So powerful are Hollywood movies as propaganda that America has never achieved victory in war without Hollywood’s support.
When Hollywood turns against America at war, defeat is assured. Witness Vietnam, the first casualty of Hollywood’s ideological wrath. The Jane Fonda, Jon Voight vehicle “Coming Home” (1978) was a turning point in Hollywood’s leftward tilt. This film convinced large segments of the American public that Vietnam was a war whose moral foundation—the fight against Communist dictatorship—was replaced by a grotesque narrative of veterans broken in body and spirit, who were, ultimately, victims of American imperialism.
Hollywood’s propaganda machine reaches beyond the content of movies into the very lives of movie stars. Certain roles register powerfully with the public in a manner impossible to predict. These performances end up defining an actor in a manner that resonates so profoundly with audiences that any deviation from that persona can thoroughly shatter an image—and a career.
Perhaps the most fascinating example is the career of Ingrid Bergman (1915-1982).
A Swedish actress of unnatural natural beauty, Bergman was ravishing, glamorous withoutmake-up—and a transcendent talent. Bergman starred in a series of films that secured her position as one of the most popular actresses in the history of American movies. Many of her films are modern classics with performances marked by a down-to-earth nobility that is rare among Hollywood stars. Besides the WW II morale booster Casablanca, (1942) her films include: Intermezzo (1939), Dr. Jekyll and Mr. Hyde (1941), For Whom the Bell Tolls (1943), Gaslight (1944), The Bells of St. Mary’s (1945), Spellbound (1945), Notorious (1946), Joan of Arc (1948) and Under Capricorn (1949).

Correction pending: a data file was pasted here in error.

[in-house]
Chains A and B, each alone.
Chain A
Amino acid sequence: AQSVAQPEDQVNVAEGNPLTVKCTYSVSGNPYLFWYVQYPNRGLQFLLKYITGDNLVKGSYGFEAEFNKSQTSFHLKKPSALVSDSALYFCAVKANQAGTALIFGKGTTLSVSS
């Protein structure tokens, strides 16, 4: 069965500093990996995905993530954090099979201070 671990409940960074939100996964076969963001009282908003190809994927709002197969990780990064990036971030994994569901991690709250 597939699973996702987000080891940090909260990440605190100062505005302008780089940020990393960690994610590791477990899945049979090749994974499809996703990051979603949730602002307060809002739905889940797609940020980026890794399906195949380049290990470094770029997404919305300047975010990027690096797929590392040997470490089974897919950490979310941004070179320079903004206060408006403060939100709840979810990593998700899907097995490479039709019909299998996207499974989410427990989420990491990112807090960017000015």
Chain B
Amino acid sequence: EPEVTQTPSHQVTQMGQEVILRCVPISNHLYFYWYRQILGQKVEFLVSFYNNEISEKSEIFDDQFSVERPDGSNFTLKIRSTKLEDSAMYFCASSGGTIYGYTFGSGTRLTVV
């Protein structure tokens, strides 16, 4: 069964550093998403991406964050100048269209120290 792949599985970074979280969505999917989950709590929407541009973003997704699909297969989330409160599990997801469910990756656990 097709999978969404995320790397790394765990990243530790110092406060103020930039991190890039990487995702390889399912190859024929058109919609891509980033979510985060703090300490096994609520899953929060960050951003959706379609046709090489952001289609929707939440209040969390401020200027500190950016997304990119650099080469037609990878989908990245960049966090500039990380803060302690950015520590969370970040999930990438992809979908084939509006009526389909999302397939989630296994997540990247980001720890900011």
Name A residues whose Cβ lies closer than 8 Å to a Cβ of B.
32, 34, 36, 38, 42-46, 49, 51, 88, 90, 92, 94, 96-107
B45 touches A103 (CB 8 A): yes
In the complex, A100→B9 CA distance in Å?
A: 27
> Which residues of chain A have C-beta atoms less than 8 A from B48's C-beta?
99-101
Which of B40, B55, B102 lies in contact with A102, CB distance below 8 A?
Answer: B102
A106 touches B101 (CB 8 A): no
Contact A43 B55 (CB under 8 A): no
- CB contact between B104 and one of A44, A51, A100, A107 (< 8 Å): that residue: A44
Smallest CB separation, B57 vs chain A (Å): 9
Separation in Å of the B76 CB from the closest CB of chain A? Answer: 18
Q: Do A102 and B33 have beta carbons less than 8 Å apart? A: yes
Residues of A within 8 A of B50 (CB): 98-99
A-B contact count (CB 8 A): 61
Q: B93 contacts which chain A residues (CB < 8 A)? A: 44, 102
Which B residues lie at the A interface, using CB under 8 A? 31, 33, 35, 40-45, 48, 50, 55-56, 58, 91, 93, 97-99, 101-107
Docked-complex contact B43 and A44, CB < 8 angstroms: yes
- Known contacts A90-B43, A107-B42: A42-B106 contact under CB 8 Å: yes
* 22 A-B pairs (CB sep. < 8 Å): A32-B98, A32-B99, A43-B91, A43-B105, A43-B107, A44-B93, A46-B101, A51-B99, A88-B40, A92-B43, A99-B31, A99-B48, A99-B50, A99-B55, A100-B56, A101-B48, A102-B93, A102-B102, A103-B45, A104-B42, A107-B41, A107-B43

In 1948, chafing under the rigid Hollywood system, Bergman wrote a fan letter to Roberto Rossellini, the Italian director who made something of a splash with his gritty, if tedious, neorealist movies that mixed professional with non-professional actors, concentrating on little stories of the poor and oppressed, often shooting with only a bare outline of a screenplay.
Dear Mr. Rossellini,
I saw your films Open City and Paisan, and enjoyed them very much. If you need a Swedish actress who speaks English very well, who has not forgotten her German, who is not very understandable in French, and who in Italian knows only “ti amo,” I am ready to come and make a film with you.
Like most European artists who claim to despise Hollywood Rossellini responded immediately in a groveling telegram:
I JUST RECEIVED WITH GREAT EMOTION YOUR LETTER WHICH HAPPENS TO ARRIVE ON THE ANNIVERSARY OF MY BIRTHDAY AS THE MOST PRECIOUS GIFT. IT IS ABSOLUTELY TRUE THAT I DREAMED TO MAKE A FILM WITH YOU AND FROM THIS MOMENT I WILL DO EVERYTHING POSSIBLE. I WILL WRITE YOU A LONG LETTER TO SUBMIT TO YOU MY IDEAS. WITH MY ADMIRATION PLEASE ACCEPT THE EXPRESSION OF MY GRATITUDE TOGETHER WITH MY BEST REGARDS.
ROBERTO ROSSELLINI, HOTEL EXCELSIOR, ROME.